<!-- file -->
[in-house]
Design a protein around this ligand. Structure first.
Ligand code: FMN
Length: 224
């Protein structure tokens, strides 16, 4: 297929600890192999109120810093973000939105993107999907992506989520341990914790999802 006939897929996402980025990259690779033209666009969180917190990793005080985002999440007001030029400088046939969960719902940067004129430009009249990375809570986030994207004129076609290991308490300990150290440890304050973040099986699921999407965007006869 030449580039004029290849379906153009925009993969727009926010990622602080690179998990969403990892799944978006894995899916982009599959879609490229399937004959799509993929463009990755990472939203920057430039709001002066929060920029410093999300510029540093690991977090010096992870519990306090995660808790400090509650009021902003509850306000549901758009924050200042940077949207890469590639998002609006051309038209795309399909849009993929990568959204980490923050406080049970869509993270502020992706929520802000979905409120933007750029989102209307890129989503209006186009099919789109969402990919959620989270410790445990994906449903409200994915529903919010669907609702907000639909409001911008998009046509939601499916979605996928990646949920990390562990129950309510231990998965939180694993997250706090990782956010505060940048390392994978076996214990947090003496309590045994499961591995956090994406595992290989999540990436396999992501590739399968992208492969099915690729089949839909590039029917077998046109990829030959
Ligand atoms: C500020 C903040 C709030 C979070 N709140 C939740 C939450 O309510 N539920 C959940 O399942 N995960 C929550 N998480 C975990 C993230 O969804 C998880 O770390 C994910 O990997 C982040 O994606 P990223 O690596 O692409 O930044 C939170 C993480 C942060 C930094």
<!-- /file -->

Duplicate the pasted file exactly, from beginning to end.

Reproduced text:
[in-house]
Design a protein around this ligand. Structure first.
Ligand code: FMN
Length: 224
């Protein structure tokens, strides 16, 4: 297929600890192999109120810093973000939105993107999907992506989520341990914790999802 006939897929996402980025990259690779033209666009969180917190990793005080985002999440007001030029400088046939969960719902940067004129430009009249990375809570986030994207004129076609290991308490300990150290440890304050973040099986699921999407965007006869 030449580039004029290849379906153009925009993969727009926010990622602080690179998990969403990892799944978006894995899916982009599959879609490229399937004959799509993929463009990755990472939203920057430039709001002066929060920029410093999300510029540093690991977090010096992870519990306090995660808790400090509650009021902003509850306000549901758009924050200042940077949207890469590639998002609006051309038209795309399909849009993929990568959204980490923050406080049970869509993270502020992706929520802000979905409120933007750029989102209307890129989503209006186009099919789109969402990919959620989270410790445990994906449903409200994915529903919010669907609702907000639909409001911008998009046509939601499916979605996928990646949920990390562990129950309510231990998965939180694993997250706090990782956010505060940048390392994978076996214990947090003496309590045994499961591995956090994406595992290989999540990436396999992501590739399968992208492969099915690729089949839909590039029917077998046109990829030959
Ligand atoms: C500020 C903040 C709030 C979070 N709140 C939740 C939450 O309510 N539920 C959940 O399942 N995960 C929550 N998480 C975990 C993230 O969804 C998880 O770390 C994910 O990997 C982040 O994606 P990223 O690596 O692409 O930044 C939170 C993480 C942060 C930094």